I sneaked a look at him from under eyelids that still stung from the morning’s regular date with the beauty salon. Dyed eyelashes were a necessity because, when I do laugh, my eyes water. In the early days Mannochie, Will’s watchful and faithful political agent, had been forced to come up to me at some constituency do and whisper discreetly, ‘Train tracks, Mrs S’, which meant my mascara had smudged. There was no option but to laugh off that one, and whisk myself to the nearest mirror for a quick repair job. Increasingly, I burn inside at the daily reminder of one’s physical imperfections – the evidence of slide, which is recorded by the mirror. It is such a bore having to resort to such stratagems, but body maintenance is a must, particularly when a girl is… especially when a woman is forty, plus a tiny bit more.

Dressed in pale, shimmery blue, Nora made her entrance on to the stage and her husband asked anxiously, ‘What’s happened to my little songbird?’

Will reached over for my hand, the left one, which bore his wedding ring and the modest ruby we had chosen together. It was small because, newly engaged and glowing with love at the prospect of shared happiness and mutual harmony, I had not wished him to spend too much money on me. Hindsight is a great thing, and I have come to the conclusion that modesty is wasted when it comes to jewellery. The touch of his hand was unfamiliar, strange almost, but I had grown used to that too, and it was not significant. Beneath the unfamiliarity, Will and I were connected by our years of marriage. That was indisputable.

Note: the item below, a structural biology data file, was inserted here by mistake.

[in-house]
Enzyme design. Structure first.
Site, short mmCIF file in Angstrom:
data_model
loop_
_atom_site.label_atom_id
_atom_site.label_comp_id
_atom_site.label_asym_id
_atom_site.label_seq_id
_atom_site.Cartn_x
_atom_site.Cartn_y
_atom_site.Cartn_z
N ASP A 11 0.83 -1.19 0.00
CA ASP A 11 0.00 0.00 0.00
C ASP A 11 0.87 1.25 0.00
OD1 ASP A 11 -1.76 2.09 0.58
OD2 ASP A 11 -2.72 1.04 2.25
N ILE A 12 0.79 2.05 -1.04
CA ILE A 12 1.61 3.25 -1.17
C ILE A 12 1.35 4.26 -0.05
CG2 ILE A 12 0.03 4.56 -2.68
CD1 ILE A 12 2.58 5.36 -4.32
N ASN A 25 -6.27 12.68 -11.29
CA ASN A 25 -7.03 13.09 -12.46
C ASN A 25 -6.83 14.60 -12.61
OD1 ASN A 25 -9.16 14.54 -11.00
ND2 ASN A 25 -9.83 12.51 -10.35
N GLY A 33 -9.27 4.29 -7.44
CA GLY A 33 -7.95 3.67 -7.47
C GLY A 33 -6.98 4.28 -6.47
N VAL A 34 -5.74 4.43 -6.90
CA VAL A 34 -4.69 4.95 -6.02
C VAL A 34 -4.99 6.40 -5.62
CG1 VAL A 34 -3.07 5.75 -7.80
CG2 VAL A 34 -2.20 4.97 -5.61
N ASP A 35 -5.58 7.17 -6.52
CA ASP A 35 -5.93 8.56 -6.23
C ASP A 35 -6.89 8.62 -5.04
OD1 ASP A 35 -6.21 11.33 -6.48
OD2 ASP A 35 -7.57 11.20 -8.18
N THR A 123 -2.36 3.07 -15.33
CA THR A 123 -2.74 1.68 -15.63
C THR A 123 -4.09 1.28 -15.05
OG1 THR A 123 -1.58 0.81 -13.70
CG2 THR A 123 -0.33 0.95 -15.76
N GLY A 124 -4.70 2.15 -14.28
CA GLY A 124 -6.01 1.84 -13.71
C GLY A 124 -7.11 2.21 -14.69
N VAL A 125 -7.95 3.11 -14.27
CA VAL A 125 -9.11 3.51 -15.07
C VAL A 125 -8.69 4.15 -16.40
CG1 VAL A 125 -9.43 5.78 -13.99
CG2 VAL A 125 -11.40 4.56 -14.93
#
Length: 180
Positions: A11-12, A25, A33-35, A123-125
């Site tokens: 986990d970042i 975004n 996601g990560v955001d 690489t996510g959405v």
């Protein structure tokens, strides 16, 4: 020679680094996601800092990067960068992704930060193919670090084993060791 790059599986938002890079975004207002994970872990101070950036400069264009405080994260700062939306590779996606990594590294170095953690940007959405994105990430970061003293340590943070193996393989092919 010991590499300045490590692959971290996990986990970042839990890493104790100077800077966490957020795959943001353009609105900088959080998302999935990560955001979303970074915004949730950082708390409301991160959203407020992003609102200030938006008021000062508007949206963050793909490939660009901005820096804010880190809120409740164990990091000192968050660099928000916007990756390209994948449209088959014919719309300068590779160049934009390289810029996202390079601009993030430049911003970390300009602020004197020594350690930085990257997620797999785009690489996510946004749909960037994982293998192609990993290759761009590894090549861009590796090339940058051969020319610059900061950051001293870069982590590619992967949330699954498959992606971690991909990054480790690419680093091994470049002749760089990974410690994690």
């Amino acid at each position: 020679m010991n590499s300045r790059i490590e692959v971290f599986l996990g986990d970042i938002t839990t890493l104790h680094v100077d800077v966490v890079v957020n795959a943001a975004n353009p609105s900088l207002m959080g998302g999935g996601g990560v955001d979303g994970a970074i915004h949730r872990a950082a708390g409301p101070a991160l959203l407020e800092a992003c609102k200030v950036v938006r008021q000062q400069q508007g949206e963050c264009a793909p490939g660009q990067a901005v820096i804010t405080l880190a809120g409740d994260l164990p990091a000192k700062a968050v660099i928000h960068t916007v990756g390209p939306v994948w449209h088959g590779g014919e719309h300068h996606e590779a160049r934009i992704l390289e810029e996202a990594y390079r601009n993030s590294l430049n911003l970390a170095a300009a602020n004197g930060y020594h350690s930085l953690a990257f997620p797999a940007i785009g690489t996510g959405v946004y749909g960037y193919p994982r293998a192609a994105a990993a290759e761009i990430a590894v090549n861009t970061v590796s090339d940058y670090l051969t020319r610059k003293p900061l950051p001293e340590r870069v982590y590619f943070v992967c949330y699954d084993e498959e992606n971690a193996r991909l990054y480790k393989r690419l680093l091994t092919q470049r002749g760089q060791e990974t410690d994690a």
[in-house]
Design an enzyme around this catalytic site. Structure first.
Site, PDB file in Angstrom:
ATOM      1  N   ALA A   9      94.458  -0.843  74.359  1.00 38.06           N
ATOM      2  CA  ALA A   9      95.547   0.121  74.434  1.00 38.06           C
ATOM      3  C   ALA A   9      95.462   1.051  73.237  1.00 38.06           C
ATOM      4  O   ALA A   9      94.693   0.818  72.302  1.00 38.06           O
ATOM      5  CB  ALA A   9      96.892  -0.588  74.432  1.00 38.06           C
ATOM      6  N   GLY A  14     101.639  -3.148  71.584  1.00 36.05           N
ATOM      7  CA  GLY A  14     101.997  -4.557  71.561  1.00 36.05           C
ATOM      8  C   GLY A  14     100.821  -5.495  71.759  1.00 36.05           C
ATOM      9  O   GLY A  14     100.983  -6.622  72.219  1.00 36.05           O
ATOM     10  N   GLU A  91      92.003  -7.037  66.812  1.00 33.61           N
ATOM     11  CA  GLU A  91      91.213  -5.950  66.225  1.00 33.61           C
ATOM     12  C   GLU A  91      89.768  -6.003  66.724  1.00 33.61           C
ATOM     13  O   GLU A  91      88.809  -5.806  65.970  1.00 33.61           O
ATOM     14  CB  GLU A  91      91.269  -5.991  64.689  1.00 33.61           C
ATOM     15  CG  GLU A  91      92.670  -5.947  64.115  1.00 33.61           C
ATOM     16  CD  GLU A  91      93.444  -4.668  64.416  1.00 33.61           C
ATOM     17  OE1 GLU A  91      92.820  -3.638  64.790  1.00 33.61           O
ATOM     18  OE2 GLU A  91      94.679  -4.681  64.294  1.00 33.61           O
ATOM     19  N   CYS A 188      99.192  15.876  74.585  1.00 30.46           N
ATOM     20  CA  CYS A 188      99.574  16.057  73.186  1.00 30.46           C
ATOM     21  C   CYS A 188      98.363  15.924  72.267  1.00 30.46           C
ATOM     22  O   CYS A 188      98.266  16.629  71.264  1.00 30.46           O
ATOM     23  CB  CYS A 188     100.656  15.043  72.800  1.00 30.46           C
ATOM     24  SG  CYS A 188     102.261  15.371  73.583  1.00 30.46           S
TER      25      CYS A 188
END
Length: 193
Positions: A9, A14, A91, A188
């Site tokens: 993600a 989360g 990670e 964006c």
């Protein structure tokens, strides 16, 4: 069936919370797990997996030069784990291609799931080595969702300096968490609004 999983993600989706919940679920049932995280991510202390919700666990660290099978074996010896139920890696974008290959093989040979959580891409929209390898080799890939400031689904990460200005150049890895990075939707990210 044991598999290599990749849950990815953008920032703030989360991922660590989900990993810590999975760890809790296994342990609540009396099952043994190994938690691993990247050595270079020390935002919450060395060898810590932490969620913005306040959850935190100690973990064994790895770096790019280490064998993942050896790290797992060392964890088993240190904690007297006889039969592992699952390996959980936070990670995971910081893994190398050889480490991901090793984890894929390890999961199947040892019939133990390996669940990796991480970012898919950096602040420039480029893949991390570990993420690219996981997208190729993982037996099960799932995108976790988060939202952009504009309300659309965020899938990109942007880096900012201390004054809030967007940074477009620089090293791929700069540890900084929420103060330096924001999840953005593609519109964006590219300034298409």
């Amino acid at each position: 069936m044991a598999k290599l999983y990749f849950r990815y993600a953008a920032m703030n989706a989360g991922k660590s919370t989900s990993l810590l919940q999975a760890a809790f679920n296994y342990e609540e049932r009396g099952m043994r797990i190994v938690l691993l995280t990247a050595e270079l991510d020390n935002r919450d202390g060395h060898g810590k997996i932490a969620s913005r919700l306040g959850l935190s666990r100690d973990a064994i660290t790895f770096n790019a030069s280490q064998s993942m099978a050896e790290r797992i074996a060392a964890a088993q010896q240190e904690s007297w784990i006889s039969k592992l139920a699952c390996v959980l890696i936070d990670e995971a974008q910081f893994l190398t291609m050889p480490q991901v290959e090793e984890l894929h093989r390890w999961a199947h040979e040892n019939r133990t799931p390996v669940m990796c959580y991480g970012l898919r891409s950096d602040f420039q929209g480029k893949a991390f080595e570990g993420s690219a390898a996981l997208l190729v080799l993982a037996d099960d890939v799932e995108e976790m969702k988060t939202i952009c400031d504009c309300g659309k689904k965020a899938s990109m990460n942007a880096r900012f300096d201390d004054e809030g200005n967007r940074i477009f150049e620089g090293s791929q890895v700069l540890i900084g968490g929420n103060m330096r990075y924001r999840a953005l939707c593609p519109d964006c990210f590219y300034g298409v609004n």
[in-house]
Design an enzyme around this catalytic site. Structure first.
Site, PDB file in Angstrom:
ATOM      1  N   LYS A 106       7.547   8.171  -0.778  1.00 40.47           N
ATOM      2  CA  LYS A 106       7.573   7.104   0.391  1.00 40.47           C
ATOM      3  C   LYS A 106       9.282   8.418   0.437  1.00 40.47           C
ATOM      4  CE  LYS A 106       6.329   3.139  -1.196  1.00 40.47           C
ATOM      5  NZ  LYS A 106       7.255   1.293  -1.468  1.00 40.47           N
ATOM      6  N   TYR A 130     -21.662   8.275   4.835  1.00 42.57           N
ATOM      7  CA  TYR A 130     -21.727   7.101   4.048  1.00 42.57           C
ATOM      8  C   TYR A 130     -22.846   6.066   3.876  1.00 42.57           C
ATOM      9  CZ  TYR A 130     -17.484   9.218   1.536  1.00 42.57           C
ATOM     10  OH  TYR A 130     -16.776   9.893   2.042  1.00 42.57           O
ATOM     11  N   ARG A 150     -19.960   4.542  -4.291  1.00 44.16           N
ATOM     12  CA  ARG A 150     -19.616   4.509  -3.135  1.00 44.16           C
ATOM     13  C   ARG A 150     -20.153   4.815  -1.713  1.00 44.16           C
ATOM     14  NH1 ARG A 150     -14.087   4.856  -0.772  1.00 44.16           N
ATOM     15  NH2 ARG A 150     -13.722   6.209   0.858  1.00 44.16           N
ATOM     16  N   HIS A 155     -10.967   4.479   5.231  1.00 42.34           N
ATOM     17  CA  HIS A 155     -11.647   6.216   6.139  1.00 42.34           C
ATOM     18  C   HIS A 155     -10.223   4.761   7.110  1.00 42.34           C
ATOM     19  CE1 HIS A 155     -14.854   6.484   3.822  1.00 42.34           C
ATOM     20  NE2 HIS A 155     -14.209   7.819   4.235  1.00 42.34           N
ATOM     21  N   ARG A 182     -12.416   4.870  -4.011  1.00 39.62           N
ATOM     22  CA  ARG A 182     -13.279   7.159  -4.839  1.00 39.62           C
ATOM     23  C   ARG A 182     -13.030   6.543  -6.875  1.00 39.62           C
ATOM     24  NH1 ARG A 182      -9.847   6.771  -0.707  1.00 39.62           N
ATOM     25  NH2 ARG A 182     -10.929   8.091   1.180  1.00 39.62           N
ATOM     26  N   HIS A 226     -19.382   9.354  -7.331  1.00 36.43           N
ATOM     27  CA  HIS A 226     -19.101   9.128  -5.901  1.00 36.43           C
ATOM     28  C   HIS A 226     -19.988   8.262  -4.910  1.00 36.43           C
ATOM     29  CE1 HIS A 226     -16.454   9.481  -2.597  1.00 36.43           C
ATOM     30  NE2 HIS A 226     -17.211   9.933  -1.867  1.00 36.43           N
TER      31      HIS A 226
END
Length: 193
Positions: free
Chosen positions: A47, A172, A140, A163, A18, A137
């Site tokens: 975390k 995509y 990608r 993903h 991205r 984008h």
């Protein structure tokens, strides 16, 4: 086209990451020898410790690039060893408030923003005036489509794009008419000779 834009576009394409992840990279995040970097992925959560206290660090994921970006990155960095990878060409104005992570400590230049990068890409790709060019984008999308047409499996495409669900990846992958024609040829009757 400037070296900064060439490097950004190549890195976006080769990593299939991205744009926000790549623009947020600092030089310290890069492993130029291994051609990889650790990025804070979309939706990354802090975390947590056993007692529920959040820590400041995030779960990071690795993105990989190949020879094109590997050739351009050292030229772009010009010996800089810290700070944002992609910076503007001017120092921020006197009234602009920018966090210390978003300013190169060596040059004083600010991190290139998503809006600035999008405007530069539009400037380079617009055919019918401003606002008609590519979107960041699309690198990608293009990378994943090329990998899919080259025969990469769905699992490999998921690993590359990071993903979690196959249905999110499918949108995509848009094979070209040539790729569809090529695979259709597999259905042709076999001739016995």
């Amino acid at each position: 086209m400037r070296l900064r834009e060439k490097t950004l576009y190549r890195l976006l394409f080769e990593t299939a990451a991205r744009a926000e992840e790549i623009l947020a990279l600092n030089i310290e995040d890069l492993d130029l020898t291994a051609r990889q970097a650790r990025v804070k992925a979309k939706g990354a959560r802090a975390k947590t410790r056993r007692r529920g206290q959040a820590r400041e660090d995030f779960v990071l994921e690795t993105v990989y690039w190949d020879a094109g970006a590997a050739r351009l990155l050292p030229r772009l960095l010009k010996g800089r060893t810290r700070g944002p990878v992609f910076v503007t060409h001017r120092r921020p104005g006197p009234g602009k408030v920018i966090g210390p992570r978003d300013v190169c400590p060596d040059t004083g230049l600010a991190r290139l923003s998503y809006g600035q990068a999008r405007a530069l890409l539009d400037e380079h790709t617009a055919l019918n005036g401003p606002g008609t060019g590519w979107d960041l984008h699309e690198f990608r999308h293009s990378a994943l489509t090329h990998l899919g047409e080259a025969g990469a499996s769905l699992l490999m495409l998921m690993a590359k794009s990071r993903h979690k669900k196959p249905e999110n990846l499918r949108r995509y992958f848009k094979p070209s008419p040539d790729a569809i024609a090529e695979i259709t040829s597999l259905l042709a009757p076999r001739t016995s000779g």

At the end of the play, still in her pale blue, Nora declared, ‘I don’t believe in miracles any longer.’ The sound of the front door opening and closing as she left the house was made to sound like a prison gate clanging shut.

‘Fanny darling, I’m begging a favour… I know, I know, I owe you more than I can count but just say yes – please.’

It was the following day and the ministerial car had picked us up from our mansion-block flat in Westminster to drive us to the church in Stanwinton for Pearl Veriker’s funeral. Stanwinton was Will’s Midland constituency, neither decadently cafe-society south, nor professionally only-real-people-live-here north but hovering, geographically and metaphorically, unthreateningly between, and Pearl Veriker, former chairman of the Stanwinton party association, had once been the bane of my life.

I reached for my notebook. ‘Do I need this?’

Will snapped his armrest to attention. ‘You sound very formal. Are you all right?’

I could have replied, ‘I feel as though I have been stretched as thin as possible and now I’m almost transparent. Stop and look through me: you will see my heart labouring under the strain.’ Instead, well trained in the art of preserving appearances, I replied, ‘I’m fine.’

The car stopped at traffic-lights. I glanced out of the window at a poster that depicted a bride in white with a long, misty veil through which a pair of diamond earring studs shone. The caption read: ‘Eternity’.

When I married Will, I had no idea of how the little evasions and dishonesties shore up the everyday. Our partnership was to have been a translucent stream into which we would both gaze and from which we would both draw nourishment. This had been fine, but I had no idea that casting my net into that sparkling water would also yield… not the plump, pink-fleshed truth but a shoal of tiny white lies and, occasionally, a sharp-fanged black